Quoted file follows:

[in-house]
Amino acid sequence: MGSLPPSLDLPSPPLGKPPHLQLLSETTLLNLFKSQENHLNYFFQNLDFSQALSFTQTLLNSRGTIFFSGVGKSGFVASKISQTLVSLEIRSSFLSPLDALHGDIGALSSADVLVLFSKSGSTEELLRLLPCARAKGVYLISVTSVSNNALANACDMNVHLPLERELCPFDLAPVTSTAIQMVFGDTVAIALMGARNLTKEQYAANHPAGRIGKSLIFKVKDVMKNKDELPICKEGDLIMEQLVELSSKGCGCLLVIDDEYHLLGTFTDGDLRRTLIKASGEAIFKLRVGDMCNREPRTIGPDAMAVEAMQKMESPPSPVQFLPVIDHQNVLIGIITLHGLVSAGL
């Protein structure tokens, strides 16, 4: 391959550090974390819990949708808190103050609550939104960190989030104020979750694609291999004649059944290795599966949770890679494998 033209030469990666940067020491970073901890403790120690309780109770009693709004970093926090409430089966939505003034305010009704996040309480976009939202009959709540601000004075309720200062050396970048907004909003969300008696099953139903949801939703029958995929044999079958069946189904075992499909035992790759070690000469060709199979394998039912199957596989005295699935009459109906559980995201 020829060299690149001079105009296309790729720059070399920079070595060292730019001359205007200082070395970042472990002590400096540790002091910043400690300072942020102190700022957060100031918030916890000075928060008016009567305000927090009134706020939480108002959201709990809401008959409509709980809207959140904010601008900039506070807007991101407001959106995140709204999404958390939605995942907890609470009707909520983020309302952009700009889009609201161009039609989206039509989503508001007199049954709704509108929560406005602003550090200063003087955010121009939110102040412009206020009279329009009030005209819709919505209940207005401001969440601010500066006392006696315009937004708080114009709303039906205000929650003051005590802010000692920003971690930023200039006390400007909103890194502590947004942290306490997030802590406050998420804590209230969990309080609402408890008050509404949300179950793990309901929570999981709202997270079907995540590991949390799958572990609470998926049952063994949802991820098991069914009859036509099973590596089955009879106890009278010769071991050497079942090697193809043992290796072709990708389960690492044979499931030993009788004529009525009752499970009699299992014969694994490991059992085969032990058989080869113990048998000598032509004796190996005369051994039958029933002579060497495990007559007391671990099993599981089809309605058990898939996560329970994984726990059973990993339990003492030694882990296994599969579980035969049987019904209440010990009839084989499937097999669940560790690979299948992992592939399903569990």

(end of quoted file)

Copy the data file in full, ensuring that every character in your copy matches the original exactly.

[in-house]
Amino acid sequence: MGSLPPSLDLPSPPLGKPPHLQLLSETTLLNLFKSQENHLNYFFQNLDFSQALSFTQTLLNSRGTIFFSGVGKSGFVASKISQTLVSLEIRSSFLSPLDALHGDIGALSSADVLVLFSKSGSTEELLRLLPCARAKGVYLISVTSVSNNALANACDMNVHLPLERELCPFDLAPVTSTAIQMVFGDTVAIALMGARNLTKEQYAANHPAGRIGKSLIFKVKDVMKNKDELPICKEGDLIMEQLVELSSKGCGCLLVIDDEYHLLGTFTDGDLRRTLIKASGEAIFKLRVGDMCNREPRTIGPDAMAVEAMQKMESPPSPVQFLPVIDHQNVLIGIITLHGLVSAGL
């Protein structure tokens, strides 16, 4: 391959550090974390819990949708808190103050609550939104960190989030104020979750694609291999004649059944290795599966949770890679494998 033209030469990666940067020491970073901890403790120690309780109770009693709004970093926090409430089966939505003034305010009704996040309480976009939202009959709540601000004075309720200062050396970048907004909003969300008696099953139903949801939703029958995929044999079958069946189904075992499909035992790759070690000469060709199979394998039912199957596989005295699935009459109906559980995201 020829060299690149001079105009296309790729720059070399920079070595060292730019001359205007200082070395970042472990002590400096540790002091910043400690300072942020102190700022957060100031918030916890000075928060008016009567305000927090009134706020939480108002959201709990809401008959409509709980809207959140904010601008900039506070807007991101407001959106995140709204999404958390939605995942907890609470009707909520983020309302952009700009889009609201161009039609989206039509989503508001007199049954709704509108929560406005602003550090200063003087955010121009939110102040412009206020009279329009009030005209819709919505209940207005401001969440601010500066006392006696315009937004708080114009709303039906205000929650003051005590802010000692920003971690930023200039006390400007909103890194502590947004942290306490997030802590406050998420804590209230969990309080609402408890008050509404949300179950793990309901929570999981709202997270079907995540590991949390799958572990609470998926049952063994949802991820098991069914009859036509099973590596089955009879106890009278010769071991050497079942090697193809043992290796072709990708389960690492044979499931030993009788004529009525009752499970009699299992014969694994490991059992085969032990058989080869113990048998000598032509004796190996005369051994039958029933002579060497495990007559007391671990099993599981089809309605058990898939996560329970994984726990059973990993339990003492030694882990296994599969579980035969049987019904209440010990009839084989499937097999669940560790690979299948992992592939399903569990």